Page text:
Exchange traded funds (ETFs) are one of the greatest breakthroughs for investors in the history of wealth creation, thanks to their accessibility for new investors and typically lower fees than a mutual fund1. High fees can be wealth destroyers.

The greatest favour you can do for yourself, in my opinion, is to check on the fees that you pay for your investments and the fees you pay to any advisor. In my view, you should not hand over a disproportionate amount of your wealth on an ongoing basis.

What is an ETF? It’s all there in the name. It is a fund that trades like a stock. ETFs are available on a stock exchange. Just as you might buy Apple stock on an exchange, you can purchase an ETF that buys the ‘whole stock market’ for the United States. For example, you can enter one ticker symbol and buy 500 of the largest (and well-known) companies in the U.S. And, you’ll be able to buy and own those great companies at a potentially lower cost. According to Morningstar Direct, F Class mutual funds charge an average management fee of 0.79%, while Canadian ETFs have an average management fee of 0.48%[1].

Building the ETF Portfolio 

You’ve likely heard the investment expression, “Don’t put all of your eggs in one basket.” You want to own many baskets. The U.S. stock market is wonderful and home to some of the most vibrant and successful companies on Earth. But you may also want to own many Canadian companies, companies in Europe, Asia and around the globe. ETFs can make it easy to own those many baskets of stocks. 

You can purchase an ETF that gives you access to the Canadian stock market, an ETF that holds European stocks, then Asian stocks, and on and on. Investors may build their portfolio around those Canadian, U.S. and international stocks (often called equities). 

With an ETF, you can aim to achieve a diversified risk exposure by having an investment vehicle that has exposures across different companies, or perhaps regions. With a well-diversified ETF portfolio, you can own thousands of companies on all continents. 

Here’s an example (for illustrative purposes only):

*Canadian stock ETF
*U.S. stock ETF
*International stock ETF

Managing the Risks of Stocks 

Owning stocks makes you, essentially a part business owner, and is historically and arguably the greatest wealth builder. According to Goldman Sachs data from the past 140 years, the average U.S. stock market return for 10 years is 9.2%.2 But it’s not a straight line-up, and keep in mind, there is no guarantee of those generous returns. Past performance does not guarantee future returns.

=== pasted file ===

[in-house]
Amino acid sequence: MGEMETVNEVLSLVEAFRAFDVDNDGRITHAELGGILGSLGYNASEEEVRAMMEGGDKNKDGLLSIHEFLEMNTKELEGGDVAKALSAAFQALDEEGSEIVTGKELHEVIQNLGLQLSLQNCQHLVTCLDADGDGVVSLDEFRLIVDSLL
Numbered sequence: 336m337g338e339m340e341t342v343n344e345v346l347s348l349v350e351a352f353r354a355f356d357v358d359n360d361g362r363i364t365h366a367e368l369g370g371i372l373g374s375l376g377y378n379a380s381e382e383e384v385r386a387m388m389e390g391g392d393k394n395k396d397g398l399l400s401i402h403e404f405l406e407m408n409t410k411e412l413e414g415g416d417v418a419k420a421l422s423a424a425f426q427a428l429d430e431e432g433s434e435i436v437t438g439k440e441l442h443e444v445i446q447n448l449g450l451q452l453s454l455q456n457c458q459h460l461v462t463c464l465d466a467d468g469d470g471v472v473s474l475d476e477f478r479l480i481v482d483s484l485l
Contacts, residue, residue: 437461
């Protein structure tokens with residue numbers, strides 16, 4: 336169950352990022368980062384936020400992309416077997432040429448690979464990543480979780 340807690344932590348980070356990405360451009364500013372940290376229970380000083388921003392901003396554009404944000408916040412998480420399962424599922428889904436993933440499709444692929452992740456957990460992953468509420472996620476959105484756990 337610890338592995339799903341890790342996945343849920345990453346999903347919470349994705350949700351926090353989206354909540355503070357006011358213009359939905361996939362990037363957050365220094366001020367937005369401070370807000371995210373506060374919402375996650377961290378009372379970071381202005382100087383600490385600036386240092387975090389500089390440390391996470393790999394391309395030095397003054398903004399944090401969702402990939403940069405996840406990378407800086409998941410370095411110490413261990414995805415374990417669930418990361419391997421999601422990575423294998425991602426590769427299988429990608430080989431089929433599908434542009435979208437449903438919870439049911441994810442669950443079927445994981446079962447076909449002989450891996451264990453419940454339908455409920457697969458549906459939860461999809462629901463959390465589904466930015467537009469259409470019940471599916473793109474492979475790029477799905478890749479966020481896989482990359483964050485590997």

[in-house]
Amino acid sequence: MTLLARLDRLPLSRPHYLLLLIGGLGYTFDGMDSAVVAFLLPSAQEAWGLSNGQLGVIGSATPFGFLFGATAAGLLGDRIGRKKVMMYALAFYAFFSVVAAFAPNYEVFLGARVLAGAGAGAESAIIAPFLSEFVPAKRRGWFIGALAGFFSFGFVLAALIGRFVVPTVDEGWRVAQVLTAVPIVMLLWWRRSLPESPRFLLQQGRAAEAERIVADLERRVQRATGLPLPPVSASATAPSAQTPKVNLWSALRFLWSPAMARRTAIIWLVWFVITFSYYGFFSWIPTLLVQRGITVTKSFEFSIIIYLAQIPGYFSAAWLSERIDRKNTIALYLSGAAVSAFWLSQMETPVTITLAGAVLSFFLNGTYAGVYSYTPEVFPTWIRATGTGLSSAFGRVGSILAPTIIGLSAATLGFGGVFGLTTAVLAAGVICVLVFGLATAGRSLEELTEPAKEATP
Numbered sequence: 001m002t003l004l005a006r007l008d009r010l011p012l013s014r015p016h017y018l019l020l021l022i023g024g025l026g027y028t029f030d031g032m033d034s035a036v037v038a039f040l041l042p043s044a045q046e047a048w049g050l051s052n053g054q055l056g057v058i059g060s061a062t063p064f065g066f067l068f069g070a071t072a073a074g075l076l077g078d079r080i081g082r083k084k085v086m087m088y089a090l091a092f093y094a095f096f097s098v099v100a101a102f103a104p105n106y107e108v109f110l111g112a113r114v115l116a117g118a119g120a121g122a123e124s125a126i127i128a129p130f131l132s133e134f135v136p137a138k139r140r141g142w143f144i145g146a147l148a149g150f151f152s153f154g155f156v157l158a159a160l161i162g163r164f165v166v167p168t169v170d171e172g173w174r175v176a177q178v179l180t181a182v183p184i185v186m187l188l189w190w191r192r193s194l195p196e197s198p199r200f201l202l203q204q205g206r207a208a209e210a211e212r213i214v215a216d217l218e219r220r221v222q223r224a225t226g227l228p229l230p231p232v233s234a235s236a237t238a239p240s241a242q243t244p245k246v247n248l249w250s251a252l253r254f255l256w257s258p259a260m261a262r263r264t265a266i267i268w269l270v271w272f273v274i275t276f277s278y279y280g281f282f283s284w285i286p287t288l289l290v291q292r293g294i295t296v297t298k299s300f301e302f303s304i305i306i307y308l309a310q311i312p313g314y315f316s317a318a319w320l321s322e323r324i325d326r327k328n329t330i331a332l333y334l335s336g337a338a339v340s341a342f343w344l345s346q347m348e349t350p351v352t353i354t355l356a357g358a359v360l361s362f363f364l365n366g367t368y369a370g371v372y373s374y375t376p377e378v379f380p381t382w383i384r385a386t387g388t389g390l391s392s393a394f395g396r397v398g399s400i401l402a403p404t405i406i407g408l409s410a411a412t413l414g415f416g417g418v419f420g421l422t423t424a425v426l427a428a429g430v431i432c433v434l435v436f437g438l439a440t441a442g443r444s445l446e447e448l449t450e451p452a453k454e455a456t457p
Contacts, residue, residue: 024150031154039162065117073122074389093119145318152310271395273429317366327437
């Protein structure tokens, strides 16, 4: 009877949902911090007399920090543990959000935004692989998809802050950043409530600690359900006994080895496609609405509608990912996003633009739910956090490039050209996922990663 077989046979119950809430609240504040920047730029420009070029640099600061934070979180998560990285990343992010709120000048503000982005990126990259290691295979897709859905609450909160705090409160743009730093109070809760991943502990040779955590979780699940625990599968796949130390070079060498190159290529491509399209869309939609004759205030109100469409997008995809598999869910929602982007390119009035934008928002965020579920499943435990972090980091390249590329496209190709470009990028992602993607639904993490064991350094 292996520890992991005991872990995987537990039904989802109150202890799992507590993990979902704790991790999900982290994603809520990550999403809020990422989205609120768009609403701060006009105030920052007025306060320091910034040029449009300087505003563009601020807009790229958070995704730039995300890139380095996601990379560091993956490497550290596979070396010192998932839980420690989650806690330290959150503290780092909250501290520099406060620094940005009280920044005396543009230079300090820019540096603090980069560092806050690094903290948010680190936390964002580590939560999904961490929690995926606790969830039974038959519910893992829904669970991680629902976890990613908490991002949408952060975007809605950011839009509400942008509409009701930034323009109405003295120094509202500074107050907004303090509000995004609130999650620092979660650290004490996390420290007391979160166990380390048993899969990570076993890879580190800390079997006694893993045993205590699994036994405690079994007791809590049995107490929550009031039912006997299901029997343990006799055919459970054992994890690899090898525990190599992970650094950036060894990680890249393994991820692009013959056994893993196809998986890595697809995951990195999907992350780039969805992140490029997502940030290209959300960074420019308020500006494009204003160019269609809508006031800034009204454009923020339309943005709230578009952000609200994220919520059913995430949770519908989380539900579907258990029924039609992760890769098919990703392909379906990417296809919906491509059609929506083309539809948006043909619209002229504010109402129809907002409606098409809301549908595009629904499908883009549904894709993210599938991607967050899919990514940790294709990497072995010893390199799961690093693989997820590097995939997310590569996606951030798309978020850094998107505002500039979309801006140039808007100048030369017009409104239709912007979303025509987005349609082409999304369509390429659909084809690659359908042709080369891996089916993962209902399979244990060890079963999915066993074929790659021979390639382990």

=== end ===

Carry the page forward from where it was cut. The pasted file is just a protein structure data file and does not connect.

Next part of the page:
Those companies trade on stock markets and the stock prices can fluctuate wildly at times. A stock ETF could potentially fall by 20%, 30% or even by 50% in a major correction. It can be quite the roller coaster ride at times – particularly following the 2020 pandemic market volatility, where we have seen wild swings.

Bonds Can Be Shock Absorbers

Bonds may help smooth out the ride for your portfolio. Bonds can work like shock absorbers as they have the habit of going up in price as stocks go down; bonds typically offer an inverse relationship to stocks.3 Of course, there is no guarantee of that inverse relationship, but bonds typically ‘do their thing’ to keep an eye on those volatile stocks. 

ETFs can make it easy to add those bonds and potentially reduce the risk level of the portfolio. Investors can choose from Canadian bond ETFs, U.S. bond ETFs and international bond ETFs. 

A potential portfolio asset allocation could include (for illustrative purposes only):

*Canadian stock ETF
*U.S. stock ETF
*International stock ETF
*Bond ETFs 

To reduce the risks, investors may also choose to hold a cash position4 plus some gold price and gold stock ETFs; holding cash and gold ETFs are typically viewed as safe haven strategies during economic downturns5. I even hold a small position in bitcoin as a portfolio diversifier. 

Creating an ETF portfolio that matches your tolerance for risk is crucial. 

Passive Versus Active Investing 

When we write about buying the ‘whole stock market,’ that is a reference to passive investing. There are no arbitrary decisions based on what companies you might purchase and own. There is no analysis on what companies might be ‘better.’ With passive investing, the fund will simply buy the most valuable companies on a stock market. You own the biggest companies based on their value.

With active investing, a fund manager will do extensive analysis in the attempt to find companies that they feel offer the best investment opportunity and fit the investment objectives of the associated ETF. 

There are passive and active ETFs. Active ETFs can typically have higher fees6, in my view, that can be money well spent at times.

You can build an ETF portfolio with passive or active ETFs. You might employ a mix of both styles. 

The Canadian Robo-Advisors

If you want a managed portfolio and advice you can go Robo. A Robo-Advisor can give you access to comprehensive and globally diversified portfolios.

With a Robo-Advisor, you can complete everything online, from start to finish. If you want to talk to a real live human, no problem. Assistance and investment advice is available at all of the Robos. Financial planning is also available at a few of the Robo shops.

The most popular Robo Advisors are Wealthsimple, Questwealth (from Questrade), Justwealth, Nest Wealth, Smartfolio from BMO, ModernAdvisor and Invisor.